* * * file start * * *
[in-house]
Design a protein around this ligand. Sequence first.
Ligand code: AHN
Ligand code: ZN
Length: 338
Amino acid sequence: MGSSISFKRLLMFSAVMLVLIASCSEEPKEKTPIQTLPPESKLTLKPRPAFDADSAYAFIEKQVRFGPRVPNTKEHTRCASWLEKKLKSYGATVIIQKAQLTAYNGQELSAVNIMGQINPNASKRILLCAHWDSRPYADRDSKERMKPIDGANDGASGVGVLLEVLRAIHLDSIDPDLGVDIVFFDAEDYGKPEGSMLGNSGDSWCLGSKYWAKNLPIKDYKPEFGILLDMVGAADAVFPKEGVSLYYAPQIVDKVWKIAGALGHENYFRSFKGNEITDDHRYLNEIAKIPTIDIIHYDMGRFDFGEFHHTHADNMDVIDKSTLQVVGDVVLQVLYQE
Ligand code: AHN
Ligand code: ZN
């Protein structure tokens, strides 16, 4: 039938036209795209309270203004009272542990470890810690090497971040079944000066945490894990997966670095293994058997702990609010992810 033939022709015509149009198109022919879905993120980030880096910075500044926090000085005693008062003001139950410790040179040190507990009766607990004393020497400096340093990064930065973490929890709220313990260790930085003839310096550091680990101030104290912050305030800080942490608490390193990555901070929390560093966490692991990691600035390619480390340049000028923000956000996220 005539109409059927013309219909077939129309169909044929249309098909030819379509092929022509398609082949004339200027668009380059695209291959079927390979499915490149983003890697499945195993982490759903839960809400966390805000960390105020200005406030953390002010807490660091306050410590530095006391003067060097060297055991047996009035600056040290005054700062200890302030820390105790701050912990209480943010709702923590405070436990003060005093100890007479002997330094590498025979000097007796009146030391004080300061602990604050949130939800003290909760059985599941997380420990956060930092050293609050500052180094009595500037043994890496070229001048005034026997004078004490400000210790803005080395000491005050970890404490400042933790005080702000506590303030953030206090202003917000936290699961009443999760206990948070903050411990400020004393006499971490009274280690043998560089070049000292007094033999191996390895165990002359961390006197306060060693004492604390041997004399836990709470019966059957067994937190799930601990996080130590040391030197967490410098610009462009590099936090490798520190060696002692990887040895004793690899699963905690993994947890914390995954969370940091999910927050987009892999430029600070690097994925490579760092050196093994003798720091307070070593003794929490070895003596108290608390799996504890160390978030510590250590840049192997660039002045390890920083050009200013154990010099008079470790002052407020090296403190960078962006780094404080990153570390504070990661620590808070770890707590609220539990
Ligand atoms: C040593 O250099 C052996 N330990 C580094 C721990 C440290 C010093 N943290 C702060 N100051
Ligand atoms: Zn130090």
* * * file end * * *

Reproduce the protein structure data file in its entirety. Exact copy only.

[in-house]
Design a protein around this ligand. Sequence first.
Ligand code: AHN
Ligand code: ZN
Length: 338
Amino acid sequence: MGSSISFKRLLMFSAVMLVLIASCSEEPKEKTPIQTLPPESKLTLKPRPAFDADSAYAFIEKQVRFGPRVPNTKEHTRCASWLEKKLKSYGATVIIQKAQLTAYNGQELSAVNIMGQINPNASKRILLCAHWDSRPYADRDSKERMKPIDGANDGASGVGVLLEVLRAIHLDSIDPDLGVDIVFFDAEDYGKPEGSMLGNSGDSWCLGSKYWAKNLPIKDYKPEFGILLDMVGAADAVFPKEGVSLYYAPQIVDKVWKIAGALGHENYFRSFKGNEITDDHRYLNEIAKIPTIDIIHYDMGRFDFGEFHHTHADNMDVIDKSTLQVVGDVVLQVLYQE
Ligand code: AHN
Ligand code: ZN
């Protein structure tokens, strides 16, 4: 039938036209795209309270203004009272542990470890810690090497971040079944000066945490894990997966670095293994058997702990609010992810 033939022709015509149009198109022919879905993120980030880096910075500044926090000085005693008062003001139950410790040179040190507990009766607990004393020497400096340093990064930065973490929890709220313990260790930085003839310096550091680990101030104290912050305030800080942490608490390193990555901070929390560093966490692991990691600035390619480390340049000028923000956000996220 005539109409059927013309219909077939129309169909044929249309098909030819379509092929022509398609082949004339200027668009380059695209291959079927390979499915490149983003890697499945195993982490759903839960809400966390805000960390105020200005406030953390002010807490660091306050410590530095006391003067060097060297055991047996009035600056040290005054700062200890302030820390105790701050912990209480943010709702923590405070436990003060005093100890007479002997330094590498025979000097007796009146030391004080300061602990604050949130939800003290909760059985599941997380420990956060930092050293609050500052180094009595500037043994890496070229001048005034026997004078004490400000210790803005080395000491005050970890404490400042933790005080702000506590303030953030206090202003917000936290699961009443999760206990948070903050411990400020004393006499971490009274280690043998560089070049000292007094033999191996390895165990002359961390006197306060060693004492604390041997004399836990709470019966059957067994937190799930601990996080130590040391030197967490410098610009462009590099936090490798520190060696002692990887040895004793690899699963905690993994947890914390995954969370940091999910927050987009892999430029600070690097994925490579760092050196093994003798720091307070070593003794929490070895003596108290608390799996504890160390978030510590250590840049192997660039002045390890920083050009200013154990010099008079470790002052407020090296403190960078962006780094404080990153570390504070990661620590808070770890707590609220539990
Ligand atoms: C040593 O250099 C052996 N330990 C580094 C721990 C440290 C010093 N943290 C702060 N100051
Ligand atoms: Zn130090």